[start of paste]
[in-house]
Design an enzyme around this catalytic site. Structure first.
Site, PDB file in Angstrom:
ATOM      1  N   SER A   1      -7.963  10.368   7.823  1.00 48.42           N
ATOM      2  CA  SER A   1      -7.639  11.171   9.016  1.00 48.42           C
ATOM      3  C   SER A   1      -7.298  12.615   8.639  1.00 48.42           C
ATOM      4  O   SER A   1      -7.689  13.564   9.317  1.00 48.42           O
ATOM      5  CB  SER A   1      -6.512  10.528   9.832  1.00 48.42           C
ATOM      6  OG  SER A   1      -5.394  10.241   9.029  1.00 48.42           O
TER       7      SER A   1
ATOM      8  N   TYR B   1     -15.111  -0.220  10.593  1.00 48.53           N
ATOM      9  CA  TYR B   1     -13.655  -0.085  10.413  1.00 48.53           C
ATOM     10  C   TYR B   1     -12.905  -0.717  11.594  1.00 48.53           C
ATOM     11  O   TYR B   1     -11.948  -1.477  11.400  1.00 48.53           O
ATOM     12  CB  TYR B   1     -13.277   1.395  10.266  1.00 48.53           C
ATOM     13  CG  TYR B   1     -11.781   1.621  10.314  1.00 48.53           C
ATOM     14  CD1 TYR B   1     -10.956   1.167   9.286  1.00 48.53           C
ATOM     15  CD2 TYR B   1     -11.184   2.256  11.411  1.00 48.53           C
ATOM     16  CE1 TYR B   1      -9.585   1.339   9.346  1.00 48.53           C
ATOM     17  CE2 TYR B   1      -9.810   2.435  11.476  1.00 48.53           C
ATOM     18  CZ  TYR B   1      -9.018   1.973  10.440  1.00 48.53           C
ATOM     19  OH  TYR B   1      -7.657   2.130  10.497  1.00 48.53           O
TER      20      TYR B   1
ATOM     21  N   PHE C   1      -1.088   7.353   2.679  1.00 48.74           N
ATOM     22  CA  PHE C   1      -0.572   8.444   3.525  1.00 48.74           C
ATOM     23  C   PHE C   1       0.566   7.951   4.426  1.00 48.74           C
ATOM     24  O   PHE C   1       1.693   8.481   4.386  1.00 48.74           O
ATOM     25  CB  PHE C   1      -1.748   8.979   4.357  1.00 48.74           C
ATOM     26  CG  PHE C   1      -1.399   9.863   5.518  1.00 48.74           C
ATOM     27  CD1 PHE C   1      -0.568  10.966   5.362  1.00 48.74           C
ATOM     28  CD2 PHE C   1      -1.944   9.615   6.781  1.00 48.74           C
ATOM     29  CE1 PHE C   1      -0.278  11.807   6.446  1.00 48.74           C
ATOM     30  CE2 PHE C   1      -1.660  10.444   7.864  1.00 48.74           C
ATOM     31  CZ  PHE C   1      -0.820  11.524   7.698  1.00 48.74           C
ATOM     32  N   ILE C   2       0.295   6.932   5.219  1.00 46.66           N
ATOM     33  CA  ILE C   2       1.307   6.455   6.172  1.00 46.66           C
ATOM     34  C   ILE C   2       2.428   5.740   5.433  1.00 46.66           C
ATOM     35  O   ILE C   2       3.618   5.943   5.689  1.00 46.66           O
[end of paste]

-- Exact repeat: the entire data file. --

[in-house]
Design an enzyme around this catalytic site. Structure first.
Site, PDB file in Angstrom:
ATOM      1  N   SER A   1      -7.963  10.368   7.823  1.00 48.42           N
ATOM      2  CA  SER A   1      -7.639  11.171   9.016  1.00 48.42           C
ATOM      3  C   SER A   1      -7.298  12.615   8.639  1.00 48.42           C
ATOM      4  O   SER A   1      -7.689  13.564   9.317  1.00 48.42           O
ATOM      5  CB  SER A   1      -6.512  10.528   9.832  1.00 48.42           C
ATOM      6  OG  SER A   1      -5.394  10.241   9.029  1.00 48.42           O
TER       7      SER A   1
ATOM      8  N   TYR B   1     -15.111  -0.220  10.593  1.00 48.53           N
ATOM      9  CA  TYR B   1     -13.655  -0.085  10.413  1.00 48.53           C
ATOM     10  C   TYR B   1     -12.905  -0.717  11.594  1.00 48.53           C
ATOM     11  O   TYR B   1     -11.948  -1.477  11.400  1.00 48.53           O
ATOM     12  CB  TYR B   1     -13.277   1.395  10.266  1.00 48.53           C
ATOM     13  CG  TYR B   1     -11.781   1.621  10.314  1.00 48.53           C
ATOM     14  CD1 TYR B   1     -10.956   1.167   9.286  1.00 48.53           C
ATOM     15  CD2 TYR B   1     -11.184   2.256  11.411  1.00 48.53           C
ATOM     16  CE1 TYR B   1      -9.585   1.339   9.346  1.00 48.53           C
ATOM     17  CE2 TYR B   1      -9.810   2.435  11.476  1.00 48.53           C
ATOM     18  CZ  TYR B   1      -9.018   1.973  10.440  1.00 48.53           C
ATOM     19  OH  TYR B   1      -7.657   2.130  10.497  1.00 48.53           O
TER      20      TYR B   1
ATOM     21  N   PHE C   1      -1.088   7.353   2.679  1.00 48.74           N
ATOM     22  CA  PHE C   1      -0.572   8.444   3.525  1.00 48.74           C
ATOM     23  C   PHE C   1       0.566   7.951   4.426  1.00 48.74           C
ATOM     24  O   PHE C   1       1.693   8.481   4.386  1.00 48.74           O
ATOM     25  CB  PHE C   1      -1.748   8.979   4.357  1.00 48.74           C
ATOM     26  CG  PHE C   1      -1.399   9.863   5.518  1.00 48.74           C
ATOM     27  CD1 PHE C   1      -0.568  10.966   5.362  1.00 48.74           C
ATOM     28  CD2 PHE C   1      -1.944   9.615   6.781  1.00 48.74           C
ATOM     29  CE1 PHE C   1      -0.278  11.807   6.446  1.00 48.74           C
ATOM     30  CE2 PHE C   1      -1.660  10.444   7.864  1.00 48.74           C
ATOM     31  CZ  PHE C   1      -0.820  11.524   7.698  1.00 48.74           C
ATOM     32  N   ILE C   2       0.295   6.932   5.219  1.00 46.66           N
ATOM     33  CA  ILE C   2       1.307   6.455   6.172  1.00 46.66           C
ATOM     34  C   ILE C   2       2.428   5.740   5.433  1.00 46.66           C
ATOM     35  O   ILE C   2       3.618   5.943   5.689  1.00 46.66           O